Gov. Hochul shelved congestion toll over subway-crime worries, David Paterson claims

Gov. Kathy Hochul scuttled the congestion toll to enter Midtown because she believes too many people are afraid to take the subway so they drive in instead, ex-Gov. David Paterson said Sunday. 

“What she told me in a private conversation was she just thought about people who were afraid to ride the subways, so they drive their old car over the bridge, and they have to pay all this money,” Paterson said on 77 WABC radios’s “The Cats Roundtable.” “She was thinking really of individuals who would be affected.

“Hochul realized that some of the problems that the antagonists to congestion pricing are raising are not going to go away,” said the former governor, who is a Democratic, as is the governor.

Governor Hochul scrapped the Midtown congestion bill in the eleventh hour. Governor Kathy Hochul/Facebook

Former Governor of New York David Paterson claims he knows why Hochul shelved congestion pricing. Getty Images

Felony assaults on straphangers soared more than 50 percent from before the pandemic in 2019 through last year, with 373 vs. 570 incidents.

The violent trend prompted authorities to flood the subway system with extra cops — but even that has resulted in just a 1% decrease in overall transit crime between January and March of this year compared to the first quarter of 2023, according to the NYPD stats.

Paterson admitted Hochul’s 11th hour about-face was jarring coming “so close to the June 30 deadline,” when the MTA was supposed to implement the controversial first-in-the=nation $15 congestion toll to enter Manhattan south of 60th Street.

He dismissed speculation that Hochul shelved the toll so that fellow Democrats running in November for competitive New York congressional seats — a situation that could determine which party controls the House — don’t have to defend congestion pricing from withering attacks from Republicans.

Paterson said he ultimately backed Hochul’s decision on reneging on the toll, insisting she did not make such a momentous turnabout based purely on political expediency.

“Those who would be antagonistic to her have tried to say that this is a political move. … But I think that’s kind of [unfair] at this point with all that is involved to think that the governor would just turn around and do it just to win a few [congressional] seats,” he said.

Former governor Paterson does not believe that Hochul stopped the congestion bill for political reasons. Getty Images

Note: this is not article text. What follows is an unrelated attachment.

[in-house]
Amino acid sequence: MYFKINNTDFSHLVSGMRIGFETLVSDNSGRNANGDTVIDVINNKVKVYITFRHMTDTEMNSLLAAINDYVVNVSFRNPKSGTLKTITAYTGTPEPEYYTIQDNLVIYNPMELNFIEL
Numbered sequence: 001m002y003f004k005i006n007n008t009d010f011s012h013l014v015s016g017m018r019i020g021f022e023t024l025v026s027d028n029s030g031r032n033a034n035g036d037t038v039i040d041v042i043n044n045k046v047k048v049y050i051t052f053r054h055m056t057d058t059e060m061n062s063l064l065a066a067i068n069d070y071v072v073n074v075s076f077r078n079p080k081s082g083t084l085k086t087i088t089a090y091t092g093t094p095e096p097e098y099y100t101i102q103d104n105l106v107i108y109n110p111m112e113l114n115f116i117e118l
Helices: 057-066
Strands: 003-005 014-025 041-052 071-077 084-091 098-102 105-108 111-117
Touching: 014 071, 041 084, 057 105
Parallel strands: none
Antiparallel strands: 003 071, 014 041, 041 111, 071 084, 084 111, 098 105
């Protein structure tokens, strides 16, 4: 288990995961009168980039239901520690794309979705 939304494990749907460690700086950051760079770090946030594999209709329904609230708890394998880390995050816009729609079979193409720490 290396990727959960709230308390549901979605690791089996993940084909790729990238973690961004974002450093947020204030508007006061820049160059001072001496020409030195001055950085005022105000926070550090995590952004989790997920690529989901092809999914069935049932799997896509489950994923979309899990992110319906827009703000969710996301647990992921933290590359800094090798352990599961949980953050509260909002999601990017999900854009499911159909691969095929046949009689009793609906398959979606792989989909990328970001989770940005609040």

Debate rages now over how the MTA would make up the lost revenue from the $1 billion a year that had been expected from the new Manhattan toll to finance transit capital needs.

There also has been criticism over the nearly $500 million that has already been spent by the transit agency on trying to get congestion pricing up and running, including installing toll collecting technology.

“It’s still the right decision,” Paterson said of Hochul’s controversial move.

Hochul and state lawmakers could not agree on alternative financing for the MTA, after the toll plan was yanked, during the final days of the Legislature’s session last week.

Transit advocates who championed congestion pricing are livid that the governor threw the program under the bus and are holding rallies to try to save it.

“The 2% of New York commuters drive to work in Manhattan are far wealthier than public transit riders and people who drive to work elsewhere, making congestion pricing a highly progressive policy, the only one that will raise sustained, dedicated billions of real dollars for reliable and accessible subway service — while also speeding up bus service and deliveries and cutting emergency response times and air pollution,” Danny Pearlstein of the Riders Alliance said Sunday.

But congestion pricing is deeply unpopular, with nearly two-thirds of New York voters — across all demographics and regions — who are opposed to charging a specific toll to enter Midtown, a recent Siena College poll revealed.

The tolling program was approved by ex-Gov. Andrew Cuomo and the Democratic-run legislature in 2019. But even Cuomo said the state should hit the brakes on congestion pricing earlier this year, asserting it wasn’t the right to time to do it given New York’s slow-than-expected recovery from the pandemic.

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